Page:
I’ve never cooked so much from a cookbook before posting a review as I have with The Healing Kitchen. There’s no particular reason for why I cooked more recipes this time around, but I suspect it was partially because I’d recently gotten back the results of lab work from my doctor’s office and felt compelled to revisit the AIP. There’s also the fact that Alaena, the author of all of the recipes in The Healing Kitchen, specifically created the recipes to have simple ingredients and quick instructions. She’s got our best interests at heart, really. 🙂
I was a little extra excited to receive my copy of The Healing Kitchen because it’s the first cookbook where I’ve become friends with one of the authors prior to its release. Alaena recently moved to my city, and coincidentally, she and her husband only live a couple of miles (if that) from where my boyfriend and I live. I invited her to my monthly girls’ nights once she got into town, and we’ve done a little double date dinner action, too. So, it was really exciting to be able to say, “My new friend Alaena wrote this cookbook!” Plus, I finally was one of the “chosen bloggers” to receive a gift with my review copy. Yay! (Nerdy, I know.)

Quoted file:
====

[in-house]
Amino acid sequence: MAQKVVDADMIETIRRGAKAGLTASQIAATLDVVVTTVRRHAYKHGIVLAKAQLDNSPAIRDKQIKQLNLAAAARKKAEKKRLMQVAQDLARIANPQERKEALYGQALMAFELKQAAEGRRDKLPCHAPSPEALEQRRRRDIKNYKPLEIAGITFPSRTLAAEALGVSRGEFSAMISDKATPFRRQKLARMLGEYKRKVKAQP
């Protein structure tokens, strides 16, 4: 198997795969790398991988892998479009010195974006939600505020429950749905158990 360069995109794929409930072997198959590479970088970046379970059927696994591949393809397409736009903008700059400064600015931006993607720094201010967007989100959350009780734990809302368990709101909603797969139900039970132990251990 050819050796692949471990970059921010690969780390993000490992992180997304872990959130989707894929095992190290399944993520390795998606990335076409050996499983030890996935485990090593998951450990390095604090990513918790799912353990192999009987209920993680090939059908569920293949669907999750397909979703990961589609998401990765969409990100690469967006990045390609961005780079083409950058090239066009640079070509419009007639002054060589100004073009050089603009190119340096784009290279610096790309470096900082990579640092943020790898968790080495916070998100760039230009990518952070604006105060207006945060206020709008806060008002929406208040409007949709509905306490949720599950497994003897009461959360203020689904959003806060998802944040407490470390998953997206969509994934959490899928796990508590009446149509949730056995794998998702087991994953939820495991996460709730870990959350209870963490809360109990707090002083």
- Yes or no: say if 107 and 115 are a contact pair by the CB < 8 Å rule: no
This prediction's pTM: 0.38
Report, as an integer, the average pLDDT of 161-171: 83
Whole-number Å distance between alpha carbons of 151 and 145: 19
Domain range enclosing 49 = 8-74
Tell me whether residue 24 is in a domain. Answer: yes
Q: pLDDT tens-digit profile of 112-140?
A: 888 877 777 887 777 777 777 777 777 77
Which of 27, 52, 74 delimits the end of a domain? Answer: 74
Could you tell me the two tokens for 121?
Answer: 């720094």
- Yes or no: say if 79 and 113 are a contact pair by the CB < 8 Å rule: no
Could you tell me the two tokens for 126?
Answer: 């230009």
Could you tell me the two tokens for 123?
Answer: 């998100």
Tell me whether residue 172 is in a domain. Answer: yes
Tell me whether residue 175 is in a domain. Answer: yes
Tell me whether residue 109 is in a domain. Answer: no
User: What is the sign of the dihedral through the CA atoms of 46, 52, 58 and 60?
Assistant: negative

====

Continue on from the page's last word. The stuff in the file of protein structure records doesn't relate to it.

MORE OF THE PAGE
As I mentioned in the first paragraph, Alaena wrote all of the recipes in this cookbook, and Dr. Sarah Ballantyne (or, as you might know her, The Paleo Mom), wrote all of the informational sections about the Autoimmune Protocol. Sarah lives in the Atlanta area, and for a while, Alaena lived there, too, and it was around that time that they decided to collaborate on something (if I remember correctly–Alaena might tell me I’ve got it all wrong!). I don’t need to say this, if you follow Sarah’s blog or social media accounts, but she’s obviously wildly intelligent, and Alaena is wicked smart, too. She’s become my go-to local friend who can answer all of my health questions and give me advice on what to do (she was the one who recommended that I go back to the strict AIP after my less-than-desirable lab results). I mean, they’re a winning combination, really, and it shows in the cookbook.